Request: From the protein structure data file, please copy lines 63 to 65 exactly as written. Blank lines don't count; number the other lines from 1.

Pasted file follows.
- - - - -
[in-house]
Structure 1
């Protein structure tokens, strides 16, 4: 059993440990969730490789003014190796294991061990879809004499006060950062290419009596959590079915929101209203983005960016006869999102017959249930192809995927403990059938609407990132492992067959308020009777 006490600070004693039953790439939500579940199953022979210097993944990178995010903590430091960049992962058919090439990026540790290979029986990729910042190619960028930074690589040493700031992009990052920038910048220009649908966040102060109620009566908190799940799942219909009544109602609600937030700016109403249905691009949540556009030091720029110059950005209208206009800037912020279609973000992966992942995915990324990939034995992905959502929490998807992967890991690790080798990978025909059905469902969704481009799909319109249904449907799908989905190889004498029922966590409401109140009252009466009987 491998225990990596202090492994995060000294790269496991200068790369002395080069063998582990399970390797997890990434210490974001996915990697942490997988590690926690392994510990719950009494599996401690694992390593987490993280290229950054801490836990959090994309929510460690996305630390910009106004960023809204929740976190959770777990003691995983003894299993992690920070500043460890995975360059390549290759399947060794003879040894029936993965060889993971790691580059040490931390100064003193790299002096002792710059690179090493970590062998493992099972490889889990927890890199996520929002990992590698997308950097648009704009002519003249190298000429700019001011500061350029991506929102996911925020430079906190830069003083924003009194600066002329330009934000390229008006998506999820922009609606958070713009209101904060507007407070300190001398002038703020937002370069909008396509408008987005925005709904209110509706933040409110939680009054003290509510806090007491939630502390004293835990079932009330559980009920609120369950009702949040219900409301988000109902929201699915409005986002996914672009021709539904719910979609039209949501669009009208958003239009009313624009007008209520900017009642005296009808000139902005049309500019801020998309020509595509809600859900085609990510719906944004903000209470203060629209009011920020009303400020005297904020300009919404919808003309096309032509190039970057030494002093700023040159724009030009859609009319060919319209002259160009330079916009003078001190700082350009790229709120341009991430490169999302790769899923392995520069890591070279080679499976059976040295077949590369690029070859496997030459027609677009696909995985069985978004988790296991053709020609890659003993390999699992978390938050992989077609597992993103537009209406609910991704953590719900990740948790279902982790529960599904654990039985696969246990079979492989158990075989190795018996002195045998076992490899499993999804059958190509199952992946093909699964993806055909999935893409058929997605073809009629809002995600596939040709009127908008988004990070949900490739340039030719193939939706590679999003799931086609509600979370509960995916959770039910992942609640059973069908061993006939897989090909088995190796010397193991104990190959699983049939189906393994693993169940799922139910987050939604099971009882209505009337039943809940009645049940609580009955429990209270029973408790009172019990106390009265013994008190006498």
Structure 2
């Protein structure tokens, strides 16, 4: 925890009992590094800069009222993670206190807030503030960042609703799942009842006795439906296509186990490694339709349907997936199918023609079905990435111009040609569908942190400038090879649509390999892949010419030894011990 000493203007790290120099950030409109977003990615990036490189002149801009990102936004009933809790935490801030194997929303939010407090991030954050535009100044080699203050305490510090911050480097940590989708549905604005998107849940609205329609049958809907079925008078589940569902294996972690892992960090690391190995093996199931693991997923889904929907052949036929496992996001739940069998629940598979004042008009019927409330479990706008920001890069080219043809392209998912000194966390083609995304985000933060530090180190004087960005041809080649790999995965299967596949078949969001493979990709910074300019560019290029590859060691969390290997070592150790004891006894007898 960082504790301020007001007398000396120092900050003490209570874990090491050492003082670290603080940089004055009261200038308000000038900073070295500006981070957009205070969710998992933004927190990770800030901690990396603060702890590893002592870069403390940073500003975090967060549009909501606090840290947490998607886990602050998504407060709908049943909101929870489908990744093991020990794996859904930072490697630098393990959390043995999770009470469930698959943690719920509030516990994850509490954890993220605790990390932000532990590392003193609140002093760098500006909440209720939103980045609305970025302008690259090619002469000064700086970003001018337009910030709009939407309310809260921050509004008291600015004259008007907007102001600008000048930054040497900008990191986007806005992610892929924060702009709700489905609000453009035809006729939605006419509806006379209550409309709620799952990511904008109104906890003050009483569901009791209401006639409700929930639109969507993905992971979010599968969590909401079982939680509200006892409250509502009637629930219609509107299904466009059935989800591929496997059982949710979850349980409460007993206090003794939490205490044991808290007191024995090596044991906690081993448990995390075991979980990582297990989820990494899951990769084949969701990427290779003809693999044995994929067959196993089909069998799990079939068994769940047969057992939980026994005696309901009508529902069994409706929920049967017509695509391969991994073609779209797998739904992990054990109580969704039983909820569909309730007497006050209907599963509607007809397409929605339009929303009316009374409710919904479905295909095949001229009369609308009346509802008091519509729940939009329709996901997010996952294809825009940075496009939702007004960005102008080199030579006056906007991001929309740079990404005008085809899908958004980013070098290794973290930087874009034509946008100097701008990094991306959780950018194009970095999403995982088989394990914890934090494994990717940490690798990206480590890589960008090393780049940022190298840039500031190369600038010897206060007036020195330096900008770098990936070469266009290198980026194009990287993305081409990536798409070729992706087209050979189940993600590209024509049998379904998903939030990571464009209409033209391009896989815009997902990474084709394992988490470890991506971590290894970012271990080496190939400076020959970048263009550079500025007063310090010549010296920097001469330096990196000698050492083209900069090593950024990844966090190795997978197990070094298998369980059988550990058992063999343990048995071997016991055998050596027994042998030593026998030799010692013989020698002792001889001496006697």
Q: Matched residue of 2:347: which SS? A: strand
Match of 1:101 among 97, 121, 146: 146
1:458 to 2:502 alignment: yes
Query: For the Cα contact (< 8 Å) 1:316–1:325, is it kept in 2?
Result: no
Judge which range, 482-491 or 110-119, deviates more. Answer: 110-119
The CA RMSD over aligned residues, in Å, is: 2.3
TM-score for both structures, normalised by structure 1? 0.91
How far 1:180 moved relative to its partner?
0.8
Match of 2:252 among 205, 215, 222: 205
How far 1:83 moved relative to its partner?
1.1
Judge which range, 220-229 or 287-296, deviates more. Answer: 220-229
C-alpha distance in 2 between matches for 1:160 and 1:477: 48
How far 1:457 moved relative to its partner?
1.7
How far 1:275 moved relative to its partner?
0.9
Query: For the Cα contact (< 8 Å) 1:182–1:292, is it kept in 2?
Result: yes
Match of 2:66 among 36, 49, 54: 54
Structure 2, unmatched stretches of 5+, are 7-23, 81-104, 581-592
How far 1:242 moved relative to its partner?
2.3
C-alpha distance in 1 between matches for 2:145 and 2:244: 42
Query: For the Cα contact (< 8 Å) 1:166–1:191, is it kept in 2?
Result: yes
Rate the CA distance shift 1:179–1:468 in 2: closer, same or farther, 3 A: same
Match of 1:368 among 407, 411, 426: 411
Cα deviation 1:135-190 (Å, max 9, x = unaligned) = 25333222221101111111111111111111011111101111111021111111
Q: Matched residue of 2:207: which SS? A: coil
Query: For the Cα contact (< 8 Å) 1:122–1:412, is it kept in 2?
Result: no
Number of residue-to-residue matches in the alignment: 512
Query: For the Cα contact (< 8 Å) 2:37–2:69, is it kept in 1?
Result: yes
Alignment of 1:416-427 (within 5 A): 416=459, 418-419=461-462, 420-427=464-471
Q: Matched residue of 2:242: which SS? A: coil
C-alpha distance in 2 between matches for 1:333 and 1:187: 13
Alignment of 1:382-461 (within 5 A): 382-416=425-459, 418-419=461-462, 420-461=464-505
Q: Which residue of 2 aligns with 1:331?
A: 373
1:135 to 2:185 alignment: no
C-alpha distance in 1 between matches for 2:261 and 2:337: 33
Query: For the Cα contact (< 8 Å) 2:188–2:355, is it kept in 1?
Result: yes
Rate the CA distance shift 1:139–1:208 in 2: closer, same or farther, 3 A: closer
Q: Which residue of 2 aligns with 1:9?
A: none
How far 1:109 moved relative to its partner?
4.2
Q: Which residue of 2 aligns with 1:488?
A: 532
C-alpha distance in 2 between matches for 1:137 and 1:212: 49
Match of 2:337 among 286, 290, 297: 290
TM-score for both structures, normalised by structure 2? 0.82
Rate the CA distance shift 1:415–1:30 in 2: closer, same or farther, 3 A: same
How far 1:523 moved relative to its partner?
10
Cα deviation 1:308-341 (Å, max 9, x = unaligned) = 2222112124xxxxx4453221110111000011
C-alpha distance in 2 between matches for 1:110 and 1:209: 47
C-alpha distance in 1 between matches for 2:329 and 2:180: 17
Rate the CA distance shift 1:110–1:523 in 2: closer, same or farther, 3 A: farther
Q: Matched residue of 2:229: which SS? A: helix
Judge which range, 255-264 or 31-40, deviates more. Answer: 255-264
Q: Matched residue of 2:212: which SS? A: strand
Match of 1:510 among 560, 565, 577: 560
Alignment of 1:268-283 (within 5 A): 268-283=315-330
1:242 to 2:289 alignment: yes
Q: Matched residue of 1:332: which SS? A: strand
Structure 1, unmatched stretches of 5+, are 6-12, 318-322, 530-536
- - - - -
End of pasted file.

Rate the CA distance shift 1:415–1:30 in 2: closer, same or farther, 3 A: same
How far 1:523 moved relative to its partner?
10